Linking Strauss and Beethoven: Technique No Substitute for Meaning

United StatesUnited States R. Strauss, Shostakovich, Beethoven: Johannes Moser (cello), The Philadelphia Orchestra, Yannick Nézet-Séguin (conductor), Carnegie Hall, New York City. 21.2.2014 (DA)

R. Strauss: Metamorphosen
Shostakovich: Cello Concerto No. 1 in E Flat Major, Op.107
Beethoven: Symphony No. 3 in E Flat Major, Op.55 “Eroica”


Beethoven has changed beyond recognition since Strauss memorialised him, and an entire culture with him, by quoting the funeral march of the “Eroica” symphony at the end of his Metamorphosen. The notes in the scores are still the same, of course, although with “urtext” editions even those have come into question. How those notes are played has changed completely, although there are some who keep the old flames alive. And what those notes mean, even the idea that they can have meaning, has been challenged, perhaps destroyed. Perhaps it is wishful thinking, but the Beethoven of Strauss’s generation reverberated beyond itself, even if never in a simple way. To hear (or at least write) that quotation then was to recognize, in pain, what had been lost to war. Now it has taken on an extra layer of loss as well.

 What might ordinarily be thought of as clever programming here turned, for me at least, into a marker for how great the disparity has become. If you’re going to put the “Eroica” and Metamorphosen on the same programme, you’d better be Wilhelm Furtwängler or, at the very least, make it clear that both mean something. Yet what once crushed—not least for Strauss himself—was here merely notable.

 Yannick Nézet-Séguin and his extraordinary orchestra played the “Eroica” with a technical commitment and involvement that is desperately rare on these shores. It was, by the standards of the day, a triumph. Not a moment passed by when Nézet-Séguin wasn’t doing something, moving somewhere, when there wasn’t a detail waiting to emerge, or be imposed. Vibrato disappeared for long periods in the funeral march, for no discernible reason. The scherzo was taken so fast that, alas, one the horns were under pressure enough that they sounded as if they might have been period instruments. The finale began rapidly and just got quicker: Beethoven-as-arsonist (a favourite ploy of a young conductor more often to be heard in this city) making himself busy as usual. In terms of structure, or more, there was little being said. Still, it was lively, full of zest, possessed of insatiable energy, tense in the short term, and especially in the outer movements, utterly thrilling.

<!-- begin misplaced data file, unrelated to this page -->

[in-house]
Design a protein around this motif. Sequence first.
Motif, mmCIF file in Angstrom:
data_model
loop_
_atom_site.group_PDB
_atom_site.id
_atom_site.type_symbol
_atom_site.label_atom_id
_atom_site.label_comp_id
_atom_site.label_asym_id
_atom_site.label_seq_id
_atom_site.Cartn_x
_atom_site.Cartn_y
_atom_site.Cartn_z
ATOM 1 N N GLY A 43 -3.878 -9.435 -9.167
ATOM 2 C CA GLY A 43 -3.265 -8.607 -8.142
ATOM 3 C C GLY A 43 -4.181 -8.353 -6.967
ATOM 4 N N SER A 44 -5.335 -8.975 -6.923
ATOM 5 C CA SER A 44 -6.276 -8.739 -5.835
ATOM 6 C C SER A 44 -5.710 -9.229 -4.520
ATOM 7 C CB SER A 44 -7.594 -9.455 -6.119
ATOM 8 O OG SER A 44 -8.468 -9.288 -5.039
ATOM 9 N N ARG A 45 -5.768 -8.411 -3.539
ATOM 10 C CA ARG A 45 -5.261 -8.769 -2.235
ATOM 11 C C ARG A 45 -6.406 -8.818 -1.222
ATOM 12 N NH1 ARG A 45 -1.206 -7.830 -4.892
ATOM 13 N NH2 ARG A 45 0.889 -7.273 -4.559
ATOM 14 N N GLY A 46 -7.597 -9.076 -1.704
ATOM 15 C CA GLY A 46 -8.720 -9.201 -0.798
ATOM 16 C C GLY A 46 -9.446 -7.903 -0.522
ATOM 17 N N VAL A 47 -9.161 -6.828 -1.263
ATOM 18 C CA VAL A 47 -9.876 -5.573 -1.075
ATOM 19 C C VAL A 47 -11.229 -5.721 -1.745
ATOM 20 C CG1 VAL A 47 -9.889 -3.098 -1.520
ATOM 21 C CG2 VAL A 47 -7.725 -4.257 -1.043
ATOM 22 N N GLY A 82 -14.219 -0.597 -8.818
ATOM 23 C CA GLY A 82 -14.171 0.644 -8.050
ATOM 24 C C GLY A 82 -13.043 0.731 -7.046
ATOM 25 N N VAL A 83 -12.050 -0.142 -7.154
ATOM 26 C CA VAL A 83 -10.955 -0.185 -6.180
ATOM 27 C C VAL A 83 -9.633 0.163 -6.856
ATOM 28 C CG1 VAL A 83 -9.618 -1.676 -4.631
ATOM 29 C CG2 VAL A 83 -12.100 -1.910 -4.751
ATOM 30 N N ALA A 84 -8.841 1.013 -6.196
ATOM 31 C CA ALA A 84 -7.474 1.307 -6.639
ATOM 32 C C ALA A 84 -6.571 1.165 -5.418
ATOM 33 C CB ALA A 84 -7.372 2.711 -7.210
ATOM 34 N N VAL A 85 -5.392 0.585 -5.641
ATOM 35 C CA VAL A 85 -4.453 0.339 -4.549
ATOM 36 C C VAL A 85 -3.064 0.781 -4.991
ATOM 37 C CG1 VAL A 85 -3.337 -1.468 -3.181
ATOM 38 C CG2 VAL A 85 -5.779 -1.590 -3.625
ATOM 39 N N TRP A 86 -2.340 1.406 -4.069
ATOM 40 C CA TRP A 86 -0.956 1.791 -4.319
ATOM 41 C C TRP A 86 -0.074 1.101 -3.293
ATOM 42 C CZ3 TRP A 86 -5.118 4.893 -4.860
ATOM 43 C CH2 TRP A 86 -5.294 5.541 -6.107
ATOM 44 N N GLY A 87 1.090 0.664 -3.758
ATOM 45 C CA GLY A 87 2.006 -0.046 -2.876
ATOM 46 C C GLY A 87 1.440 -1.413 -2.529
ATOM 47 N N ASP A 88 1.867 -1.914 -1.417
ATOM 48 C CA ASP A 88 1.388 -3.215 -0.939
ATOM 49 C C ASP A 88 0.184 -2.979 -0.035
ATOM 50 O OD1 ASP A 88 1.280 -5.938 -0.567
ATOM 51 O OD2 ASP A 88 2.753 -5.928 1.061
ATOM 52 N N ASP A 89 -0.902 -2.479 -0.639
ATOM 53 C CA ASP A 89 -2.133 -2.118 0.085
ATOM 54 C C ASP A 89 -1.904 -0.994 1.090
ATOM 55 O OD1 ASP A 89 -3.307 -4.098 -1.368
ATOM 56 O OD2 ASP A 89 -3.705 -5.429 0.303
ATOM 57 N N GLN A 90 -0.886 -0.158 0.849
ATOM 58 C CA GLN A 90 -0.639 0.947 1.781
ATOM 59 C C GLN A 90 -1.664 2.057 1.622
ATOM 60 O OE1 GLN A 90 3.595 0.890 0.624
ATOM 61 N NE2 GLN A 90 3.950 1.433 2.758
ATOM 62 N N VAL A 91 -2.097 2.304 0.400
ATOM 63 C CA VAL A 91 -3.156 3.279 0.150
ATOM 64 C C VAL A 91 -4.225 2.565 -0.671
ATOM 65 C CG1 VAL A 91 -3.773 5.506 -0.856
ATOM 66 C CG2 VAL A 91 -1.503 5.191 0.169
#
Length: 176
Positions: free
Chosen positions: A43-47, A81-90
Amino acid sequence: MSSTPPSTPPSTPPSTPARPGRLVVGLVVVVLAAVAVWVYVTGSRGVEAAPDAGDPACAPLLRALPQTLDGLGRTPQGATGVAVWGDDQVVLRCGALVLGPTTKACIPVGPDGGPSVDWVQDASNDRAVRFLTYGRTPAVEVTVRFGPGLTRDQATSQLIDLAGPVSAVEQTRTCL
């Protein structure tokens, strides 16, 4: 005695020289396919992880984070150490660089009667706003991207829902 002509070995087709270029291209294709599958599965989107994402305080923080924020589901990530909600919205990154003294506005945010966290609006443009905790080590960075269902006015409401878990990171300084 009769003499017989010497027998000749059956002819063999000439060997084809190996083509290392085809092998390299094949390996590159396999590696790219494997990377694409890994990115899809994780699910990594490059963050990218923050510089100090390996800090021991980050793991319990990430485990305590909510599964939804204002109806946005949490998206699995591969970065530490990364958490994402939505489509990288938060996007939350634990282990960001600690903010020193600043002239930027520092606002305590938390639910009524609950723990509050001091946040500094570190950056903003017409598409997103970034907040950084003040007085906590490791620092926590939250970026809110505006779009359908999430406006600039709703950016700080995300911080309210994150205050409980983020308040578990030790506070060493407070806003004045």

But speed does not equate to stakes, and in this case a raised heartbeat masked the feeling that the only risks involved were matters of technique. Compare Strauss’s own recordings of Beethoven (especially the Fifth), and the difference is stark. It wasn’t that this Beethoven didn’t mean a great deal. It was that the question itself wasn’t even up for grabs.

 So too with Metamorphosen. Strauss’s post-Wagnerian moral message is difficult to grapple with, let alone in comparison to that of Beethoven. As if only to underline how far we were from the Beethoven, Nézet-Séguin had his twenty-three players stand (awkwardly), filing on and off with him as a group. A message of community, perhaps? Who knows. Here again we were awash with details, slavishly underlined ever more with time, but that ear for what happened and will happen in the distance (what Furtwängler called Fernhören) was hard to discern. Balances on the whole worked well, but the sweetness of concertmaster David Kim’s violin often jarred so much that the sound picture resembled that of a concerto. Somehow it was still intense, especially in the agitato section in the middle, and yet the anguish so characteristic of this piece was held at arm’s length.

 What a difference a change of style and repertoire made. My first experience with Nézet-Séguin was in Shostakovich a little over a year ago, and his mania for the particular suits this composer well. So too with cellist Johannes Moser, a late replacement for Truls Mørk, who brought an aura of purpose as soon as he reached the stage. The first movement, simple and yet strikingly virtuosic, had a tangible sense of alarm to its stabbing chords and slashing movement. Nézet-Séguin brought out the distorted lyricism of the second movement achingly well, as did Moser with his heartfelt song. This piece only gets more difficult from there, but Moser, if not note-perfect, was more than a match, zipping through its caustic rhythms to a conclusion that swept him from his feet. At least in Shostakovich technical ability is enough.

David Allen